A delightfully told story of competing sides in a tug-o-war/give-and-take battle, showing the reader that even 12-year-old seventh graders have a lot to deal with, whether it be on a grand scale such as international relations or on a smaller scale of balancing new and old friendships. — Compass Book Ratings

Rosenberg and Shang's warm, mostly realistic handling of David's multicultural family speaks for their comprehensive understanding of the struggles of identity they depict, and makes David a unique and relatable role model of a character. — International Examiner

Praise for The Way Home Looks Now:

An Amelia Bloomer Project Selection

A CCBC Choices Selection

A BookPage Best of the Year selection

* [A] fine story of family, loss, growing up and learning to play baseball, raised to a higher level by gracefully incorporated themes of feminism and kindness. — Kirkus Reviews, starred review

* Shang (The Great Wall of Lucy Wu) skillfully balances the different aspects of Peter's life, robustly characterizing his friendships and his time at school and home. Issues of sexism, racism, and struggles with depression are handled deftly in scenarios grounded in reality, including an ending that's hopeful without being pat. — Publishers Weekly, starred review

Readers will cheer Peter on as his love for his family drives him to persevere at home and on the field. Parallels between home plate and home as place abound as grief completes its work and relationships are restored. Interwoven with cultural ties to both Peter's Chinese heritage and to the women's liberation movement, this touching novel shows the importance of patience — baseball. — Booklist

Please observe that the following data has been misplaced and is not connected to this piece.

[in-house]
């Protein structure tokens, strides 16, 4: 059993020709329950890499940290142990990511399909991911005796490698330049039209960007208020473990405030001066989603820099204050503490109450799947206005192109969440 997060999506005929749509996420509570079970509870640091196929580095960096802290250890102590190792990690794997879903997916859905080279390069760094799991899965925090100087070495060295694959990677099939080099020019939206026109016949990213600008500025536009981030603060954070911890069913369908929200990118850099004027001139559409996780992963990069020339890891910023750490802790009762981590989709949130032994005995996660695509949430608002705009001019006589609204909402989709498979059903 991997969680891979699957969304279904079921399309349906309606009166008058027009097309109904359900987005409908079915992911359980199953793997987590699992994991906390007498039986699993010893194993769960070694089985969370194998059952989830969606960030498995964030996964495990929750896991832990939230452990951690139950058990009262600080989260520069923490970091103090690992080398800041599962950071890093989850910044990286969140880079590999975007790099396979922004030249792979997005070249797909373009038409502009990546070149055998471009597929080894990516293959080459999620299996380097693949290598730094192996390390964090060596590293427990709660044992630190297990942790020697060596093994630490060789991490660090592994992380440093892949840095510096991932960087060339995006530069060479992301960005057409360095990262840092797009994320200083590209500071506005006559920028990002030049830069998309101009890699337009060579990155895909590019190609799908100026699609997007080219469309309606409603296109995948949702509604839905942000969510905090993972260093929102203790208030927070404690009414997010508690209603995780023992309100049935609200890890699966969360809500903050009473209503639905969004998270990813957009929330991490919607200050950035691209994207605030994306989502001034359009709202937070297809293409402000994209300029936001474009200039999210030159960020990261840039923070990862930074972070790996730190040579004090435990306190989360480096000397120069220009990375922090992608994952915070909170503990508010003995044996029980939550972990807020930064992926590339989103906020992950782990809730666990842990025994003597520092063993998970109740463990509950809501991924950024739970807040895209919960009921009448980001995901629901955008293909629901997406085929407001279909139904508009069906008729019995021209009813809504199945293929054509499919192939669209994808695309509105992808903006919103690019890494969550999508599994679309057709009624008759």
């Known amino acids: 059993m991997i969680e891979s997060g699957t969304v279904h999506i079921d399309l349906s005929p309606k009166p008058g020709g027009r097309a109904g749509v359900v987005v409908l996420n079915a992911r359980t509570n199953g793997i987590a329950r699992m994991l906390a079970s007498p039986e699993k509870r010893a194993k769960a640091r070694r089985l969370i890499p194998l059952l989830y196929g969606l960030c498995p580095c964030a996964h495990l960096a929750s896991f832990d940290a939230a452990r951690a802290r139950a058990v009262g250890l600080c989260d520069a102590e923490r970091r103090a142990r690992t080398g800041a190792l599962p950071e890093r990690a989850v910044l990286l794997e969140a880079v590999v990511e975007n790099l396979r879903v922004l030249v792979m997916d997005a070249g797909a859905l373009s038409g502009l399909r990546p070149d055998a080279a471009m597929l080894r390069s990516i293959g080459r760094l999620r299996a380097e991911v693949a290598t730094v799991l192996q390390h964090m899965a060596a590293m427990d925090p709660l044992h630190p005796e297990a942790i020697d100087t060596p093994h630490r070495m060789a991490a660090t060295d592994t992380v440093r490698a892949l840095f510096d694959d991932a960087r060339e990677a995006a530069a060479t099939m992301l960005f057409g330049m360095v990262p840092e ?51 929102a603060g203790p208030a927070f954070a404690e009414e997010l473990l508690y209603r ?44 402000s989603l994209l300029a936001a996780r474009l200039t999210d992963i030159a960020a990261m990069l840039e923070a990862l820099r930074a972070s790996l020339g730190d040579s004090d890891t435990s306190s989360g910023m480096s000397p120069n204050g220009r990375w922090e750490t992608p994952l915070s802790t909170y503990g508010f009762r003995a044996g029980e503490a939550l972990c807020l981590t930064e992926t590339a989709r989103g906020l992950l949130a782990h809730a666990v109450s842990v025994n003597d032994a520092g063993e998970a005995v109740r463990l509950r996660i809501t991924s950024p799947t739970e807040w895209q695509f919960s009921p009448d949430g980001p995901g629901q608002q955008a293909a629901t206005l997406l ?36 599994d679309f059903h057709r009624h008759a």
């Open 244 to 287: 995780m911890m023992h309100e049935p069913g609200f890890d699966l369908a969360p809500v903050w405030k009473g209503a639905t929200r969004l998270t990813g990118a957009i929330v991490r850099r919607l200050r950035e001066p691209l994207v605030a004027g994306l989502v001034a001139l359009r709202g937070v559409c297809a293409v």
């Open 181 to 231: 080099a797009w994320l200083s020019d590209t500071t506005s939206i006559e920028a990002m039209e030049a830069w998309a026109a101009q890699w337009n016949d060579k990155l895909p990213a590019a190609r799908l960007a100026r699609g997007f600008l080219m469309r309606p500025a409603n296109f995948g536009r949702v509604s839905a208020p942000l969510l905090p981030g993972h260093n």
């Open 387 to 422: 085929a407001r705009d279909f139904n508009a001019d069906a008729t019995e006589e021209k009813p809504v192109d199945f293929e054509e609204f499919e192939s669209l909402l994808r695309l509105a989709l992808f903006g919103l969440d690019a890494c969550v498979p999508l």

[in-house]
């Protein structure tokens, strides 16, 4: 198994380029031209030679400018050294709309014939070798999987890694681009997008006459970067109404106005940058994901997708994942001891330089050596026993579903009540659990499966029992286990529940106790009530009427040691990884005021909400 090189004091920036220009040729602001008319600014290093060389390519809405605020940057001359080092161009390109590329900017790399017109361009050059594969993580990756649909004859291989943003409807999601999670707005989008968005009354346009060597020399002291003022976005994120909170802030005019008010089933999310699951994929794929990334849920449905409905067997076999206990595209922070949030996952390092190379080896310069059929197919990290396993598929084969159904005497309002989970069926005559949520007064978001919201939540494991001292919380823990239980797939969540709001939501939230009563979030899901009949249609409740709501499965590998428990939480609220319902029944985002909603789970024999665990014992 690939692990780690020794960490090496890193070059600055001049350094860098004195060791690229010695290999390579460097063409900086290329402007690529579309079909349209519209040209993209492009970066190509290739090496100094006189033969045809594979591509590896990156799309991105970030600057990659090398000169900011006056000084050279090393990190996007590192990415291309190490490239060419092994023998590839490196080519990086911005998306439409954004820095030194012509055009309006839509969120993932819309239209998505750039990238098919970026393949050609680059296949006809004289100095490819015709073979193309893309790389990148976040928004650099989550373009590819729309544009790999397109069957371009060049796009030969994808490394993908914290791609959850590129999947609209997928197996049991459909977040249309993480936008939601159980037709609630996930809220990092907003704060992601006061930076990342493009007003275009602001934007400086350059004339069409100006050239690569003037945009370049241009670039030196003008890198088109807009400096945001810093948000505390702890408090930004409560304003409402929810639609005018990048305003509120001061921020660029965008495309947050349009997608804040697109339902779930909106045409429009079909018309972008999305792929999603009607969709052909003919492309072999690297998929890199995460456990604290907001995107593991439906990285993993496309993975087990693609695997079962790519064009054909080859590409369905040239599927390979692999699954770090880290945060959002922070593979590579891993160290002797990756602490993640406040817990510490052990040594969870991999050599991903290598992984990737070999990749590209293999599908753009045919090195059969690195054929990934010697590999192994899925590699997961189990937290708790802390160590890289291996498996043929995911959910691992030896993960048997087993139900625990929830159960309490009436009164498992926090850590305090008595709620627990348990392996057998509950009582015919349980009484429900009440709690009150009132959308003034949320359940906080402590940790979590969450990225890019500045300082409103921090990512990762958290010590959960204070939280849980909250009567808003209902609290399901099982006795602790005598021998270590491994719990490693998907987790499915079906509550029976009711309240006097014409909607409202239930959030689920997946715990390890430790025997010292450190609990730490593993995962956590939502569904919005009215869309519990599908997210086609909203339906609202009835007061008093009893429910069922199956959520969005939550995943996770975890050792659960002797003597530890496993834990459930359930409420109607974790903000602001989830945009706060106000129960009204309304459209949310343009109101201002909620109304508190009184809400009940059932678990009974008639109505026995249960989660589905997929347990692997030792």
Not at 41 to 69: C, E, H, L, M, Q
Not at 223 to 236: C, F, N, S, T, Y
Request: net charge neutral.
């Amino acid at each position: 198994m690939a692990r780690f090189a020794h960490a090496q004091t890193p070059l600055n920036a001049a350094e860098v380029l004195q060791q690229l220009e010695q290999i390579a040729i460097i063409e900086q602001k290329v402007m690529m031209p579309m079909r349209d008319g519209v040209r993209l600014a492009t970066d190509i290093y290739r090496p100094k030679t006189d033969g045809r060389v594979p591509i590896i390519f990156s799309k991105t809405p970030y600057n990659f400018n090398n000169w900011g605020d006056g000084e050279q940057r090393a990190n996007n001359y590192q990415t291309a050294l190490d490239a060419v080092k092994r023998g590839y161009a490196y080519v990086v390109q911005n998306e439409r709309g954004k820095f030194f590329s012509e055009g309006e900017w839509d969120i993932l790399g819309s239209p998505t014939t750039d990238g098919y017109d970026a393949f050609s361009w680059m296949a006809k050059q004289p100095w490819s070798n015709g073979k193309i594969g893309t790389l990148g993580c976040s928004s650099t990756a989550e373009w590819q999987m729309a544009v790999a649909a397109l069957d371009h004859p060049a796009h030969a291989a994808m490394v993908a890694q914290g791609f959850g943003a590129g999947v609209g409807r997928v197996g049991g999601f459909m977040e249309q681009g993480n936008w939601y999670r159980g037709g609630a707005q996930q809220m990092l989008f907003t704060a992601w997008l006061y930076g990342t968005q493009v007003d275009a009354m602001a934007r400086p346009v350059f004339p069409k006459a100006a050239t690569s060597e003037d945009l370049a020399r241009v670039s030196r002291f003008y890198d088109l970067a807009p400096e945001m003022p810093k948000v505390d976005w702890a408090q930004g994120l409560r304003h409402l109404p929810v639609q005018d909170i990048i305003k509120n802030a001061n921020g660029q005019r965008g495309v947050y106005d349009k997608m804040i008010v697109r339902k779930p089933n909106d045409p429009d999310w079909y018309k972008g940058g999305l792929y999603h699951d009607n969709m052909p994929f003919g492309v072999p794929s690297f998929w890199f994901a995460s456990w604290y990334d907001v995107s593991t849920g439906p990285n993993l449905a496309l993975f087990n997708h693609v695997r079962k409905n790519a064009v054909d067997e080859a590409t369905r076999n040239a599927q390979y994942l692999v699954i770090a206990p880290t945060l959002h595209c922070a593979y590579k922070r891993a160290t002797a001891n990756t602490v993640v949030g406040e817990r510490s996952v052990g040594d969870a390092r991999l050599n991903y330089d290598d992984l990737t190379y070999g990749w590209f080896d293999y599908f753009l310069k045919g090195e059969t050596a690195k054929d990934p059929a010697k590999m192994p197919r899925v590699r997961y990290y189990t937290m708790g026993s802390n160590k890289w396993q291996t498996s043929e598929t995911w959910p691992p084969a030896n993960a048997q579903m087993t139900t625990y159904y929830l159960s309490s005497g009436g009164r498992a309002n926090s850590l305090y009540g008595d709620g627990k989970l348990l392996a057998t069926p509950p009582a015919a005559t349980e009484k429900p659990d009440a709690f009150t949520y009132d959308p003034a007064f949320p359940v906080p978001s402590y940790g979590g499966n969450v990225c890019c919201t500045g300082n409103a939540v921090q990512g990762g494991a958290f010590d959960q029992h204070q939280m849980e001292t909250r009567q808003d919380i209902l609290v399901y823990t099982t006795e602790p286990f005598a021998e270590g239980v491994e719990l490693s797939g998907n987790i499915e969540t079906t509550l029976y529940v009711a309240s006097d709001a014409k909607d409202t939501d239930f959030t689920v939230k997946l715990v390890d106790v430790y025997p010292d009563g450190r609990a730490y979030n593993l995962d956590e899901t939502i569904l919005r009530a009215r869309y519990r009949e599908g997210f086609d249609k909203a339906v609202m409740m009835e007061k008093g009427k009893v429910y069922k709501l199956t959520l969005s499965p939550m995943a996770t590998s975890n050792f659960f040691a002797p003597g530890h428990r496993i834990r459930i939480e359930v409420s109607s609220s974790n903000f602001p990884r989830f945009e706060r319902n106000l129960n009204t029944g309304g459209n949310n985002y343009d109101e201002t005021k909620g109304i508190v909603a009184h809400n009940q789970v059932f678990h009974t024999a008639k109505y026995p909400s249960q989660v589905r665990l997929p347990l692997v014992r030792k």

Praise for The Great Wall of Lucy Wu:

Winner of the Asian/Pacific American Library Association Award for Children's Literature

A delightful story about assimilation and family dynamics . . . sure to appeal to young readers struggling with issues of self-identity, whatever their heritage. — Los Angeles Times

Thought-provoking, funny, and incredibly heartwarming. — Booklist

A realistic and amusing portrait of family dynamics, heritage, and the challenge of feeling like an outsider. — Publishers Weekly

Genuinely touching. — Kirkus Reviews

A unique look at the power of family. — Discovery Girls Magazine

Wendy Wan-Long Shang
Wendy Wan-Long Shang is the author of The Great Wall of Lucy Wu, which was awarded the Asian/Pacific American Award for Children's Literature; The Way Home Looks Now, an Amelia Bloomer Project List selection and a CCBC Choices List selection; The Secret Battle of Evan Pao, which received multiple starred reviews; Sydney Taylor Honor Book This Is Just a Test, which she cowrote with Madelyn Rosenberg; and Not Your All-American Girl, a Tablet Magazine Best Children's Book, also cowritten with Madelyn Rosenberg. She lives with her family in the suburbs of Washington, DC.
Classification
Fiction
ISBN-13
9781338678857
Lexile Measure
N/A
Guided Reading Level
N/A
Publisher
Scholastic Press
Publication date
June 20, 2022
Series
-
BISAC categories
JUV011020 - Juvenile Fiction | People & Places | United States - Asian American
JUV039230 - Juvenile Fiction | Social Themes | Bullying
JUV039120 - Juvenile Fiction | Social Themes | Prejudice & Racism
Library of Congress categories
Interpersonal relations
Virginia
Bullying
Moving, Household
Secrecy
Secrets
Chinese Americans
Chinese American families

Subscribe to our delicious e-newsletter!